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Ant-acacias represent a classic insect-plant mutualism: the ants defend the plant from attack by herbivores, and in return are provided with trophic rewards and living space within swollen thorns. A potential drawback of this and other ant-plant mutualisms is that ant-guards may drive away useful insects, particularly pollinators. We assess the potential for ant-pollinator conflict in a Mexican ant-acacia, Acacia hindsii. This Acacia is guarded by a highly aggressive ant (Pseudomyrmex veneficus), which resides entirely within the host plant canopy and is provided with extrafloral nectar and protein-rich Beltian bodies. Acacia hindsii flowers released their pollen from 0700 to 0830 hours, and were visited by pollinators from 0730 to 1300 hours. Over the same time period ants maintained high activity levels at extrafloral nectaries on young leaves. Although daily activity of ants and pollinators overlapped substantially in time, it was largely separated in space: resources exploited by the ants are predominantly concentrated within new growth, while inflorescences are present only on shoots from the previous year. Ants nevertheless visit extrafloral nectaries on older, leaves near inflorescences, and there is thus potential for ant-pollinator conflict. Bioassays of ant behavior showed young A. hindsii inflorescences induce an avoidance response in its ant-guards, which reinforces spatial segregation between ants and pollinators. This effect,is absent from buds or postreproductive flowers. Young flowers of two non-myrmecophilous Acacia species also induced significant (though less potent) repellent effects, suggesting a general role for ant-repellents in Acacia, with selective enhancement in myrmecophilous species.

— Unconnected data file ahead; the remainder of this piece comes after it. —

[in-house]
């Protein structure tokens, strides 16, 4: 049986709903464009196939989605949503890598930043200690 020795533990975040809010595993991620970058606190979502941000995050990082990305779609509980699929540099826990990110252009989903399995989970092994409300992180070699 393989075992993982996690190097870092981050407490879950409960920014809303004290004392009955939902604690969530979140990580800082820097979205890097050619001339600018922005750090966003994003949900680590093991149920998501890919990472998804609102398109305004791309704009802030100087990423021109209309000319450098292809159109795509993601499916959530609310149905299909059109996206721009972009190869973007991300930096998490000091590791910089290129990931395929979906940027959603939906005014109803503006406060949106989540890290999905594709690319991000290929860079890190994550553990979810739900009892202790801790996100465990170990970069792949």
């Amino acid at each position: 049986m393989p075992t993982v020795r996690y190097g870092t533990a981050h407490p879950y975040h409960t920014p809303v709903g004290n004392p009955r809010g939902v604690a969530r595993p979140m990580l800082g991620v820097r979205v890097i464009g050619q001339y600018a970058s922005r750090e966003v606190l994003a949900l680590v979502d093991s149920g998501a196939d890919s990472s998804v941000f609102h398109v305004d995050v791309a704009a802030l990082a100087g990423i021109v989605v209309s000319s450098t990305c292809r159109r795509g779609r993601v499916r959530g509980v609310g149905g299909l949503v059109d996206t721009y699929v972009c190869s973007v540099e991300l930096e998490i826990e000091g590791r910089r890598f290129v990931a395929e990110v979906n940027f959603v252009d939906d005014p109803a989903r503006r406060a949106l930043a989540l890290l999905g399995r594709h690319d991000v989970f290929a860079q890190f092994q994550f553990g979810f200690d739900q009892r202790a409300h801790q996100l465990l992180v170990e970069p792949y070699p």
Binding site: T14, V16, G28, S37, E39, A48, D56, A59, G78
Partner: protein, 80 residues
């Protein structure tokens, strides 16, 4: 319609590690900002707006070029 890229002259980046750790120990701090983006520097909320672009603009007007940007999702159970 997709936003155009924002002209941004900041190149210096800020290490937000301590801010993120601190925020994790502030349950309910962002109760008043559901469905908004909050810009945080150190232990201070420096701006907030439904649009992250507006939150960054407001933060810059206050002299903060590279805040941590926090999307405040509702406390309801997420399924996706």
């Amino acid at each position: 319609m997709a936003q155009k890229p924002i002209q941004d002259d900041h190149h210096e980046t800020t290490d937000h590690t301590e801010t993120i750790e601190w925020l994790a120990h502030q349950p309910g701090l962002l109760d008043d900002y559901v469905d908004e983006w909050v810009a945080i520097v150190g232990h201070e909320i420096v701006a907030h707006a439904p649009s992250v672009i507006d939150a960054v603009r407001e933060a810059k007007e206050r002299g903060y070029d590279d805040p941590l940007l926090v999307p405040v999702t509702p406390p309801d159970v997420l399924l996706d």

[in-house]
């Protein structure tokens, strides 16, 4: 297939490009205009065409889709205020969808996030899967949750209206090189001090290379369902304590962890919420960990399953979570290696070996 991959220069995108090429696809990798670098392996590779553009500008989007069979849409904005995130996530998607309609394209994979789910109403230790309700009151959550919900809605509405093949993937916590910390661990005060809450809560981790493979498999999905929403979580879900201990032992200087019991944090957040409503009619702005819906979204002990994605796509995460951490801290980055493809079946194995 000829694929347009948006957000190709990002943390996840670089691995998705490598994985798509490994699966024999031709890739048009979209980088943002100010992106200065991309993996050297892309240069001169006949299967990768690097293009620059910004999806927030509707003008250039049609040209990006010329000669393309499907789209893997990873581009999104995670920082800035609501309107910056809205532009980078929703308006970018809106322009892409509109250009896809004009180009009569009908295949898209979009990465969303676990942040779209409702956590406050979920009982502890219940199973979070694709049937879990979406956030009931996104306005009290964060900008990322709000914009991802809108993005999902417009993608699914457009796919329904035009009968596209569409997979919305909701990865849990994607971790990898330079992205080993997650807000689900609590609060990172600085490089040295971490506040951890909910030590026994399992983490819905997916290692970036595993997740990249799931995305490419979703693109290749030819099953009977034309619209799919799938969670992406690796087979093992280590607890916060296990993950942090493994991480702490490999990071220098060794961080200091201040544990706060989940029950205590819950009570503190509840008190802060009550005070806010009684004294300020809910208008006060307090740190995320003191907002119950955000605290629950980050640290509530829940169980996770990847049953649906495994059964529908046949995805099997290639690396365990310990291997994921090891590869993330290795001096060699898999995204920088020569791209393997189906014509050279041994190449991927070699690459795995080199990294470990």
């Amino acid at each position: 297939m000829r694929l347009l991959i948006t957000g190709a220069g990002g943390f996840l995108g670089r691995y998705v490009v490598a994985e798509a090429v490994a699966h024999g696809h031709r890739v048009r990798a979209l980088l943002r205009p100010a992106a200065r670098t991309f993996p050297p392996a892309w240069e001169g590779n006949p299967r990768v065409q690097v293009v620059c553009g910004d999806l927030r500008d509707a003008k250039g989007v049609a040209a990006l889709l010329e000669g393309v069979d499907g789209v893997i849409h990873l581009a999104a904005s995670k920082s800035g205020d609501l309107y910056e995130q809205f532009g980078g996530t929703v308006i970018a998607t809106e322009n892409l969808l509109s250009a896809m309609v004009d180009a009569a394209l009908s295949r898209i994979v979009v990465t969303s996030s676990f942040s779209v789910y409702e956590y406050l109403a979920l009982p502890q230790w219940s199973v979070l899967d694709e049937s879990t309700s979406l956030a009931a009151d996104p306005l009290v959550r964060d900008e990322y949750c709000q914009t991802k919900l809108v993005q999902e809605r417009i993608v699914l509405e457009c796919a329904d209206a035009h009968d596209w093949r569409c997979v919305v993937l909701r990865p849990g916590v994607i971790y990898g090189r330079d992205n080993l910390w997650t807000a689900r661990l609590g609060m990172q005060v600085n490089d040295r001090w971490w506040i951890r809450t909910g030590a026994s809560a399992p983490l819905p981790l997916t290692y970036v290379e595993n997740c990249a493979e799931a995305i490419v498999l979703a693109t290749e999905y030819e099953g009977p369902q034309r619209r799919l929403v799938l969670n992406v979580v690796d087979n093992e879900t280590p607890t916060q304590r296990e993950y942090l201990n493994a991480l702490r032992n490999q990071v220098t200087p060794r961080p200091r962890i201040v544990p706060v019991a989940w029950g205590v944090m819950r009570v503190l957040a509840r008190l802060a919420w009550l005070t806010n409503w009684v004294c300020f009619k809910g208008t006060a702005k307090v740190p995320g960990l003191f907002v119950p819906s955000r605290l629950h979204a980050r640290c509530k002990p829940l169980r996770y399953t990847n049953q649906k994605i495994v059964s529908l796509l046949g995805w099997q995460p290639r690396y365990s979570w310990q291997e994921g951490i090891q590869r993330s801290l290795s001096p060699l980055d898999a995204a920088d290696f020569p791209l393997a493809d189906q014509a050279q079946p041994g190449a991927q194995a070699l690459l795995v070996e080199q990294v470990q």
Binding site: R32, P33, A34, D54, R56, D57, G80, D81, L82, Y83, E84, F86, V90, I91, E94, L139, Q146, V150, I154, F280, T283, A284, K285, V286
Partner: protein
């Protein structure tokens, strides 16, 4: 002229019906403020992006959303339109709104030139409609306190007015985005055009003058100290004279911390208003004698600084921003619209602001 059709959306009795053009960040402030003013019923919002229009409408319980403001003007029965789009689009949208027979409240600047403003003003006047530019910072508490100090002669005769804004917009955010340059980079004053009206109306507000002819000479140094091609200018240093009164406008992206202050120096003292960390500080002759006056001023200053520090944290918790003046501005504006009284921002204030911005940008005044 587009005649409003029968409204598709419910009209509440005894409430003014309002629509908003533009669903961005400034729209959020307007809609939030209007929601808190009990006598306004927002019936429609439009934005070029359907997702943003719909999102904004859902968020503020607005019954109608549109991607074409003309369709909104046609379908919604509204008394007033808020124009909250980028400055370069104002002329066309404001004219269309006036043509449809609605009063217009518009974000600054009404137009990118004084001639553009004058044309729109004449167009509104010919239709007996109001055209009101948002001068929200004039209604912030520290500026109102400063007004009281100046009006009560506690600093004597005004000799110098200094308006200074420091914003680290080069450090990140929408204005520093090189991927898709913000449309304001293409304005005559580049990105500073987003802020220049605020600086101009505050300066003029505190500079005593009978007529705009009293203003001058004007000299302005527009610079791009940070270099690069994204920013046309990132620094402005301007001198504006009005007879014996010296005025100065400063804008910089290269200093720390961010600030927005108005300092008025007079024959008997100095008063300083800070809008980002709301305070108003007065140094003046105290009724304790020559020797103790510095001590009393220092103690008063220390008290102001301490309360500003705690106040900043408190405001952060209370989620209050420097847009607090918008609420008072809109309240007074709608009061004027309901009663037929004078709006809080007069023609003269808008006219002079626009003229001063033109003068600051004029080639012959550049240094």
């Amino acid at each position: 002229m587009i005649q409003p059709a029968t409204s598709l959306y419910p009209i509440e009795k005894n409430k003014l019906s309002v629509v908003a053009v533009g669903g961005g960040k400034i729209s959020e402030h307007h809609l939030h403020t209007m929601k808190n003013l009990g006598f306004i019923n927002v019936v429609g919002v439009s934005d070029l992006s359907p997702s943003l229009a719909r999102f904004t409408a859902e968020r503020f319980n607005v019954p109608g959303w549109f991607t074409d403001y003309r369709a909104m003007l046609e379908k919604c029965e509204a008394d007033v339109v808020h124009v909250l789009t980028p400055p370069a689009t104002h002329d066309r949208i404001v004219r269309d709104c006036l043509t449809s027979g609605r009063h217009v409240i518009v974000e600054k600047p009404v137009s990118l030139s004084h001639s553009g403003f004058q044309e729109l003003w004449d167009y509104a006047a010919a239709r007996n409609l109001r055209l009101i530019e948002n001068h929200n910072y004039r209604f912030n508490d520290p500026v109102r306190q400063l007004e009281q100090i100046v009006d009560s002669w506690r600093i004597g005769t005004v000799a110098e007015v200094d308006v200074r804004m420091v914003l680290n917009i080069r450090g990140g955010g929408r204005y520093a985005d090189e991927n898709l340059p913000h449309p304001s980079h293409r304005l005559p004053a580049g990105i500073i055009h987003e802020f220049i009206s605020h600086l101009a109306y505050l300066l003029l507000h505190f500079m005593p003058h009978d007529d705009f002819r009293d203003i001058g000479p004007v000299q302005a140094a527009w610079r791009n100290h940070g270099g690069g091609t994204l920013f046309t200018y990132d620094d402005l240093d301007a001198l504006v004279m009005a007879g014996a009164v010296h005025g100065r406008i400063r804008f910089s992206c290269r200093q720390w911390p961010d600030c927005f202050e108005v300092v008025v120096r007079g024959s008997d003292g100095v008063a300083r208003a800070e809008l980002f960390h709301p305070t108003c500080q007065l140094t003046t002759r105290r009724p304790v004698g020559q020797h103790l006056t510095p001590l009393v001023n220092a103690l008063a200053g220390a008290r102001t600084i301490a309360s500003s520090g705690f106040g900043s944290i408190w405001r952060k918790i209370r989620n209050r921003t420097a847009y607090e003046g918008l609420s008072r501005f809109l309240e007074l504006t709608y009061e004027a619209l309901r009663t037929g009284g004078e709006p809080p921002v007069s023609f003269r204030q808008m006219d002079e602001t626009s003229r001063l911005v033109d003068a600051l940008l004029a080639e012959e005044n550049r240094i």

|Number of pages||11|
|Publication status||Published - Nov 2002|
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Partitioning of shared pollinators, and acacia-ant pollinator interactions, in highly seasonal acacia communities
1/09/98 → 31/08/01